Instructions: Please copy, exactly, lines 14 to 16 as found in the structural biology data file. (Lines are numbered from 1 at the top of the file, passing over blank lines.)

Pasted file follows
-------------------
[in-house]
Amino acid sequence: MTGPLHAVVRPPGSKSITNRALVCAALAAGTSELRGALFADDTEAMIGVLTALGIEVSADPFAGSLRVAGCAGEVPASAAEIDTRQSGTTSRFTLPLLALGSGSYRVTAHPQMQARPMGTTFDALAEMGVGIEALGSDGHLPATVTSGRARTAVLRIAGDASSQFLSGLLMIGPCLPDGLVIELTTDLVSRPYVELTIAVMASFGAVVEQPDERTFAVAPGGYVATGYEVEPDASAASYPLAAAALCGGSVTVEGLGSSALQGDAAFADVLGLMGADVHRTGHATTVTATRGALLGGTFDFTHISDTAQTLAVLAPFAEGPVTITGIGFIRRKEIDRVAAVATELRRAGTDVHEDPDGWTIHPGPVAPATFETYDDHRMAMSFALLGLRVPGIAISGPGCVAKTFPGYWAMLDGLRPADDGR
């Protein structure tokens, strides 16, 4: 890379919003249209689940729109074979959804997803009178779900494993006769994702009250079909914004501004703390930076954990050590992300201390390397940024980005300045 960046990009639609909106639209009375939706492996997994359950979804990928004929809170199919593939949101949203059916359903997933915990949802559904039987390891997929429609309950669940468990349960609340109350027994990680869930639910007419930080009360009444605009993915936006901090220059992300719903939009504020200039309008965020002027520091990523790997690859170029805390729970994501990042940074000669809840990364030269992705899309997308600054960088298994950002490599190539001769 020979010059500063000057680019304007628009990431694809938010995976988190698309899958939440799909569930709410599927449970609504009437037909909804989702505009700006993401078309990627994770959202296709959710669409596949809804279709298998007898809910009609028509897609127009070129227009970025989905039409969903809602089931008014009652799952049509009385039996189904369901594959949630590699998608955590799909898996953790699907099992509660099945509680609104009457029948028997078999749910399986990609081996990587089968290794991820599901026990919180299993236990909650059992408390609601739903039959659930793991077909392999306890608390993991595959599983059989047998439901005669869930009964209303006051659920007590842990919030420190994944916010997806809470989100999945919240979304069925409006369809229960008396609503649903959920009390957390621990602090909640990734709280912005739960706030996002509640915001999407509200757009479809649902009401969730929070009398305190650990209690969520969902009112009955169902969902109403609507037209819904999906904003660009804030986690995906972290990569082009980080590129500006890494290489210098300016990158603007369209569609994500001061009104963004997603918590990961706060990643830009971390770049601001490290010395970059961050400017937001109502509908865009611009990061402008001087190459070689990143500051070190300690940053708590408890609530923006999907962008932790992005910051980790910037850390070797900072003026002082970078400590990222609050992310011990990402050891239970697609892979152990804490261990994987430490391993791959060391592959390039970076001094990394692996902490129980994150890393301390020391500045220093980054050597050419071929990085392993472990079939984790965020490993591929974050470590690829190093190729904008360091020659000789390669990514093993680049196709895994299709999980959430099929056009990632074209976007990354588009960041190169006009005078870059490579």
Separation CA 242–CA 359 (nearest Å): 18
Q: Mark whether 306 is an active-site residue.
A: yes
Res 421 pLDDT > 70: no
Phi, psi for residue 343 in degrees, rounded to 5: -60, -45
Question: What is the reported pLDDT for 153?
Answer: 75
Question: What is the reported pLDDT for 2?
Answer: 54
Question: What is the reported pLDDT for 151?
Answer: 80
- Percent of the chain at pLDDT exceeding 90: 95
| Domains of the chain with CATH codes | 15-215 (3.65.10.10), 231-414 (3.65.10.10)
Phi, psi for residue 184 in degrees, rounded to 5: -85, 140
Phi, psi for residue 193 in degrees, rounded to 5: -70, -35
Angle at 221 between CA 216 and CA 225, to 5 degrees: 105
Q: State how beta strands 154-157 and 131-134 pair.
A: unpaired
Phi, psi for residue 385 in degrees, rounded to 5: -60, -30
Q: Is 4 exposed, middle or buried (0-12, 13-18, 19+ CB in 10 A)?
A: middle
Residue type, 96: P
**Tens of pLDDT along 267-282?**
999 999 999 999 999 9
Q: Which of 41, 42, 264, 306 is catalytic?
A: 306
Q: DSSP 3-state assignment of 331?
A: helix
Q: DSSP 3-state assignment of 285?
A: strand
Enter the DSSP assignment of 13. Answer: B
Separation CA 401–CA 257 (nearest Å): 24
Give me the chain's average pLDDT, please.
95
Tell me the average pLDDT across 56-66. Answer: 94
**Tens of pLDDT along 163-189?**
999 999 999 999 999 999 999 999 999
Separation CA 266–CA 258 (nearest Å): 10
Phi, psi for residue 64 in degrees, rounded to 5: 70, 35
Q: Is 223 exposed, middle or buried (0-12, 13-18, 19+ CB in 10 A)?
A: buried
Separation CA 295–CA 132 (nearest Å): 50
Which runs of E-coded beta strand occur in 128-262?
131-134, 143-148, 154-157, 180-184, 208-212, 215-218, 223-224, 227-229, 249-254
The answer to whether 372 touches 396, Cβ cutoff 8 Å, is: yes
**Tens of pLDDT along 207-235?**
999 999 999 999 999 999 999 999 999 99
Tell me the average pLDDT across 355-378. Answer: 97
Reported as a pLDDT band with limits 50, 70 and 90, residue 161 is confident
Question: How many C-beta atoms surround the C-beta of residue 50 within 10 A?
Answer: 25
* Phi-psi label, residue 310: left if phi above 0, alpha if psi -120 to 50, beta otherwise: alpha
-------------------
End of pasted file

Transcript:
Answer: 80
- Percent of the chain at pLDDT exceeding 90: 95
| Domains of the chain with CATH codes | 15-215 (3.65.10.10), 231-414 (3.65.10.10)